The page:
Radiohead’s “Spectre”: Nobody’s Done 007 Better

December 29th, 2015 by Don Tanner

Screen Shot 2015-12-29 at 12.25.38 PMOver the past five decades there has never been a movie series as enduring and for millions as endearing as creator Albert Brocolli’s James Bond films. Never mind Furious 7, How about 24 x 007.  And through those dozens of movies the expert melding of action and music remains integral to the franchise’s success, in particular the opening credits which set the tone for each flick.  As detailed in Wikipedia, the actual iconic James Bond theme – featuring the surfer-esque “Dum-de-de-de-Dum” guitar riff was created by composer Monty Norman and scored by the legendary John Barry.  It has been utilized in the opening credits from the very beginning, including 1962′s “Dr. No” and 1963′s “To Russia with Love” as well as many of the closing credits through the very latest film.

By 1964s “Goldfinger” however, the movie’s openings would be dominated by popular singers and groups of that particular era.  And so it was that Welch singer Shirley Bassey took on that title track and took it to #1 for a 200 week run on the Billboard charts (#14 in the UK), garnering a Grammy nomination as well. Bassey would return in 1971 for “Diamonds are Forever” and again in 1979 with “Moonraker.”  As the Bond marketing and promotions machine continued to churn with radio airplay and soundtrack sales for its celluloid offerings, the franchise officially entered the rock era in 1973 with perhaps one of its best known and successful themes: “Live and Let Die” by Paul McCartney and Wings. Composed by George Martin, it marked the first Bond song to be nominated for an Academy Award (for Best Original Song), reaching #2 in the U.S. and #9 on the UK charts.  The song also won a Grammy for Best Arrangement Accompanying Vocalists).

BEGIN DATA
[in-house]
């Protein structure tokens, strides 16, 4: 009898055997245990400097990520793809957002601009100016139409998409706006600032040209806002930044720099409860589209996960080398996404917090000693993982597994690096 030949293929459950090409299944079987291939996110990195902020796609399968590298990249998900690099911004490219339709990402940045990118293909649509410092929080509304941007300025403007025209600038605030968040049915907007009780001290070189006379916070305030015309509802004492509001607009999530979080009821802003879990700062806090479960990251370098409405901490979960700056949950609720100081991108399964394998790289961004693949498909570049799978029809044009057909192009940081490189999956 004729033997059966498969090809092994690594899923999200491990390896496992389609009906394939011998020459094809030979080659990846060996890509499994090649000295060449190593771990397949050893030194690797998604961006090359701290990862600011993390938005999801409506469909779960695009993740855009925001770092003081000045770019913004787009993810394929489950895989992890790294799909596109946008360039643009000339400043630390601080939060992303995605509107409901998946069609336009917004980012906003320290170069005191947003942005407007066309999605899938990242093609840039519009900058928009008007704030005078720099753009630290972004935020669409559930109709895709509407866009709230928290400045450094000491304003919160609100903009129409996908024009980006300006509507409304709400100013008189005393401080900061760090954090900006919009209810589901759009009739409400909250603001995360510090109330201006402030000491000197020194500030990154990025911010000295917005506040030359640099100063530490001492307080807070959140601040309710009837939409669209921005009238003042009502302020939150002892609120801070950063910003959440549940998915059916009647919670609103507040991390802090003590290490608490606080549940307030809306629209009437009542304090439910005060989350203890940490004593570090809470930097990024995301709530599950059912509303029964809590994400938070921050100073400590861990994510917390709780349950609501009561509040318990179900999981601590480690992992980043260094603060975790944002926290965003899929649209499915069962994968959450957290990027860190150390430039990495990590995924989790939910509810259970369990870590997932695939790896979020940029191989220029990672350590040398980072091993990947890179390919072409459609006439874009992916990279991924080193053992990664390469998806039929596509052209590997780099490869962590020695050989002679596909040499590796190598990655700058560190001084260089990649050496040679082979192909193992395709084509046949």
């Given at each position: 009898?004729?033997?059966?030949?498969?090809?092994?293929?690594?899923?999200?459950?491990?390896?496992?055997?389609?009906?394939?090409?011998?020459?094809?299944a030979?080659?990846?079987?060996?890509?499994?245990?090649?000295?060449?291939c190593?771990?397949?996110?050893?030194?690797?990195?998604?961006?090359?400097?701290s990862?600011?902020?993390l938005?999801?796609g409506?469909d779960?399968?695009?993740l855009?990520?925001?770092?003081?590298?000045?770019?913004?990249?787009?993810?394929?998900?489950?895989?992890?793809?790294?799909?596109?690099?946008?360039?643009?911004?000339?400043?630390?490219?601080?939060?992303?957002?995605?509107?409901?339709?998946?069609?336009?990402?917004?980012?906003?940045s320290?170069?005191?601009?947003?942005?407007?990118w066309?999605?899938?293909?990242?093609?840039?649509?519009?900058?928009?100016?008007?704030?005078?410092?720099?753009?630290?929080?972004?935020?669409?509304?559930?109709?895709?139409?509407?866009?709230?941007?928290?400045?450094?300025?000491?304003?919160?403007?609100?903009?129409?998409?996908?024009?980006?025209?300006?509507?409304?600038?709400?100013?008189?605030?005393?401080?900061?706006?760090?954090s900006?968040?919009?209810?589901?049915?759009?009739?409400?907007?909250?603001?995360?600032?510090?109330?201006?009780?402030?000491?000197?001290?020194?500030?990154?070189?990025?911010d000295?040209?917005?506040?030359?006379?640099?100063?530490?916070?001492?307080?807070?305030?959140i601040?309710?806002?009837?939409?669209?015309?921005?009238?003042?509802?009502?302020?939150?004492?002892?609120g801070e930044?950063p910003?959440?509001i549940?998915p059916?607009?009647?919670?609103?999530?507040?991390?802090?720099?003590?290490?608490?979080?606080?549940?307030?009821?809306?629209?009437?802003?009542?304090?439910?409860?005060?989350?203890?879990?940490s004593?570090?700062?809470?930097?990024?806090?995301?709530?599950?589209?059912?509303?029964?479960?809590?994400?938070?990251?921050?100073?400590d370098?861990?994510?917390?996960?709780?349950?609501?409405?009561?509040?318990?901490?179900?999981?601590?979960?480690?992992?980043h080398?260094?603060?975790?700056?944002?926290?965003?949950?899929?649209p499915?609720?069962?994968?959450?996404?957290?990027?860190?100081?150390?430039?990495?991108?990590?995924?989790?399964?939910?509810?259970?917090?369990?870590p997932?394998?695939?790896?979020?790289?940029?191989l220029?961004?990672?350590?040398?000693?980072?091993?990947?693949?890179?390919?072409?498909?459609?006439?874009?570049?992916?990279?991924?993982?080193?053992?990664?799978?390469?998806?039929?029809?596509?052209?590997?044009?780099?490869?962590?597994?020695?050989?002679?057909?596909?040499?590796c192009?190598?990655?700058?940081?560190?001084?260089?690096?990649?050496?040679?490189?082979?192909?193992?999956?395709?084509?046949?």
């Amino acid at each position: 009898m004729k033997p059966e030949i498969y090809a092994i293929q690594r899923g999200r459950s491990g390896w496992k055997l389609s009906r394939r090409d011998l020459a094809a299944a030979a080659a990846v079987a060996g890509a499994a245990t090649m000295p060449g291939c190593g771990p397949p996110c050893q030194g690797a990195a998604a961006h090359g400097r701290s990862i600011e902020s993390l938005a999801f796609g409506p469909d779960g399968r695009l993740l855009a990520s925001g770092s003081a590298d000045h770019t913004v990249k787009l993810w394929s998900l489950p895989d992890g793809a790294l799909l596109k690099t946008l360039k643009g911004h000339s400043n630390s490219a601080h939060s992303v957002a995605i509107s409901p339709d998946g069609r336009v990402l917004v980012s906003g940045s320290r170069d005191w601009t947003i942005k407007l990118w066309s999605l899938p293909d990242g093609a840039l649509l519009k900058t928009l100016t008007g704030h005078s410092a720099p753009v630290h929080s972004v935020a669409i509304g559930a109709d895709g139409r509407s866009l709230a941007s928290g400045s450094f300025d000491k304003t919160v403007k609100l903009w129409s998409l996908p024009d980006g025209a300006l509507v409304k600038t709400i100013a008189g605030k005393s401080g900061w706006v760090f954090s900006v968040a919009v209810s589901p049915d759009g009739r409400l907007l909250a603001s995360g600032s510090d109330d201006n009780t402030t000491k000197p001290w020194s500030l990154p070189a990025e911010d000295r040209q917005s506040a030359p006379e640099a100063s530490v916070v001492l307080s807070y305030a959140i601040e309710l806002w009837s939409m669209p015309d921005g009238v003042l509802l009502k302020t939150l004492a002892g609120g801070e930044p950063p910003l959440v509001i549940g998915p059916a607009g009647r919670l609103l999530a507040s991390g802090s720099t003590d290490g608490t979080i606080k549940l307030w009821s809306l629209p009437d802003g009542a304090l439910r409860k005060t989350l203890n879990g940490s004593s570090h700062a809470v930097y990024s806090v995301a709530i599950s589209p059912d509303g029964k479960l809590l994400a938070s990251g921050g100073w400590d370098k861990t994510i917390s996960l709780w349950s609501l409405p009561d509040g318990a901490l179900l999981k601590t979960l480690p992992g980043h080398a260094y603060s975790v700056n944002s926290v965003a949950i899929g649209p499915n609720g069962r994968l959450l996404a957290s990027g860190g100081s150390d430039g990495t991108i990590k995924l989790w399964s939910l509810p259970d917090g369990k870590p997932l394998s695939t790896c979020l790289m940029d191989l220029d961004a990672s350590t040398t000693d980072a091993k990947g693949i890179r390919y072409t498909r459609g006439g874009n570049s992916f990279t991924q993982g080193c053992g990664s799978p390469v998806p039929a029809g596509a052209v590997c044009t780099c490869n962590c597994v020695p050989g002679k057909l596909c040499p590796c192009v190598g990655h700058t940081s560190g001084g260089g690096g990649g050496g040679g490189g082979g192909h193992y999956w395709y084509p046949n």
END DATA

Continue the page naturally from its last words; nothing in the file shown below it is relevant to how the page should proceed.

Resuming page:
Thus would begin a non-stop run of popular artists in every film that has included, most notably: Carly Simon, Duran Duran, Tina Turner, Sheryl Crow, Chris Cornell and Alicia Keys. To say nothing of a slew of top performers that have contributed tunes to the closing credits: Louis Armstrong, K.D. Lang, Chrissie Hynde of the Pretenders and Moby. And despite mega superstar Adele performing “Skyfall” in 2012, no Bond song had every topped the charts in the UK until Sam Smith’s “Writing’s on the Wall” entered them at #1 in recent weeks on behalf of the latest 007 chapter, “Spectre.”

Which brings us to what I and many feel is one of the best Bond songs ever: “Spectre” by Radiohead.  Released to fans this past week online as something of a “Christmas gift” it does not appear in the film nor soundtrack as the hauntingly beautiful tune was passed over in favor of Smith. It’s not the first time top artists have lost out in favor of other options.  Consider these “losers”: Johnny Cash (Thunderball), Brian Wilson (for a James Bond theme song: “Run James Run” which would later appear on “Pet Sounds”), Alice Cooper (The Man with the Golden Gun), Blondie (For Your Eyes Only [Sheena Easton] and Pet Shop Boys (The Living Daylights). It would seem, then, that Radiohead is in very good company. And thought enough to make it available to enjoy through the power of social media.

Take a listen, decide for yourself and let me know what you think. You’ll find a link to the Soundcloud version here as well as a YouTube version of how it might have worked/looked over the actual opening credits here. And, with Radiohead four years removed from their last studio LP, one can’t help but get excited by the shape of things to come.

 

 

 

 

 

 

 

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